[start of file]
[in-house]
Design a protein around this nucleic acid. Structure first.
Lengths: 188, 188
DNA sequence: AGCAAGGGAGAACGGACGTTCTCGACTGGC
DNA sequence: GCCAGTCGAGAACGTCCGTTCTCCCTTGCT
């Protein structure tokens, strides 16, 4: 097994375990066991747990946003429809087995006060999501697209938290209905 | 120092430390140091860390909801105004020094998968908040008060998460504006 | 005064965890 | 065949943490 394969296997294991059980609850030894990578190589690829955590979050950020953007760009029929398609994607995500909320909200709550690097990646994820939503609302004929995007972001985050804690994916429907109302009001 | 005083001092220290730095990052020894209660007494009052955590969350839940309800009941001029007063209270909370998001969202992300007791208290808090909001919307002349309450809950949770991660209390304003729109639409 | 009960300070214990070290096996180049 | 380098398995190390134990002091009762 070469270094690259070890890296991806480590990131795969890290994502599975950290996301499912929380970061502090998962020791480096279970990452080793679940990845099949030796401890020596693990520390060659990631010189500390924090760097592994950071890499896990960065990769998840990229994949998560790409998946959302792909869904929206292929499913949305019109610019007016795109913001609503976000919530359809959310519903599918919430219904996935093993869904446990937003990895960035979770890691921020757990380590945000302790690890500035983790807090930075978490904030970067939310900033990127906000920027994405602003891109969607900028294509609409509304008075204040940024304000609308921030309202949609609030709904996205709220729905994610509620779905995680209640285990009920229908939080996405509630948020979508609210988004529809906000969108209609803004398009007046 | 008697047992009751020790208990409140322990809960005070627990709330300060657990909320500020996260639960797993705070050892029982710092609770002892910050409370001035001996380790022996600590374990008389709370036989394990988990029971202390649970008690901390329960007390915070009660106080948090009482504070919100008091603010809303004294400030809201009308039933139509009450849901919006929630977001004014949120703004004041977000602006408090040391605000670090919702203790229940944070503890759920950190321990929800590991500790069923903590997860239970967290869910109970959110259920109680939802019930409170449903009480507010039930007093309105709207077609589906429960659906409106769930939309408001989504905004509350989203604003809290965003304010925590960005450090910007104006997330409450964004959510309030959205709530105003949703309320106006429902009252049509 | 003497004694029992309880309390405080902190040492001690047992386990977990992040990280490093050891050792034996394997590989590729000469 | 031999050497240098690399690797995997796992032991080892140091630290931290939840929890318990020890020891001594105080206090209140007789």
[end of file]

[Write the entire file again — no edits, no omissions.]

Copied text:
[in-house]
Design a protein around this nucleic acid. Structure first.
Lengths: 188, 188
DNA sequence: AGCAAGGGAGAACGGACGTTCTCGACTGGC
DNA sequence: GCCAGTCGAGAACGTCCGTTCTCCCTTGCT
């Protein structure tokens, strides 16, 4: 097994375990066991747990946003429809087995006060999501697209938290209905 | 120092430390140091860390909801105004020094998968908040008060998460504006 | 005064965890 | 065949943490 394969296997294991059980609850030894990578190589690829955590979050950020953007760009029929398609994607995500909320909200709550690097990646994820939503609302004929995007972001985050804690994916429907109302009001 | 005083001092220290730095990052020894209660007494009052955590969350839940309800009941001029007063209270909370998001969202992300007791208290808090909001919307002349309450809950949770991660209390304003729109639409 | 009960300070214990070290096996180049 | 380098398995190390134990002091009762 070469270094690259070890890296991806480590990131795969890290994502599975950290996301499912929380970061502090998962020791480096279970990452080793679940990845099949030796401890020596693990520390060659990631010189500390924090760097592994950071890499896990960065990769998840990229994949998560790409998946959302792909869904929206292929499913949305019109610019007016795109913001609503976000919530359809959310519903599918919430219904996935093993869904446990937003990895960035979770890691921020757990380590945000302790690890500035983790807090930075978490904030970067939310900033990127906000920027994405602003891109969607900028294509609409509304008075204040940024304000609308921030309202949609609030709904996205709220729905994610509620779905995680209640285990009920229908939080996405509630948020979508609210988004529809906000969108209609803004398009007046 | 008697047992009751020790208990409140322990809960005070627990709330300060657990909320500020996260639960797993705070050892029982710092609770002892910050409370001035001996380790022996600590374990008389709370036989394990988990029971202390649970008690901390329960007390915070009660106080948090009482504070919100008091603010809303004294400030809201009308039933139509009450849901919006929630977001004014949120703004004041977000602006408090040391605000670090919702203790229940944070503890759920950190321990929800590991500790069923903590997860239970967290869910109970959110259920109680939802019930409170449903009480507010039930007093309105709207077609589906429960659906409106769930939309408001989504905004509350989203604003809290965003304010925590960005450090910007104006997330409450964004959510309030959205709530105003949703309320106006429902009252049509 | 003497004694029992309880309390405080902190040492001690047992386990977990992040990280490093050891050792034996394997590989590729000469 | 031999050497240098690399690797995997796992032991080892140091630290931290939840929890318990020890020891001594105080206090209140007789």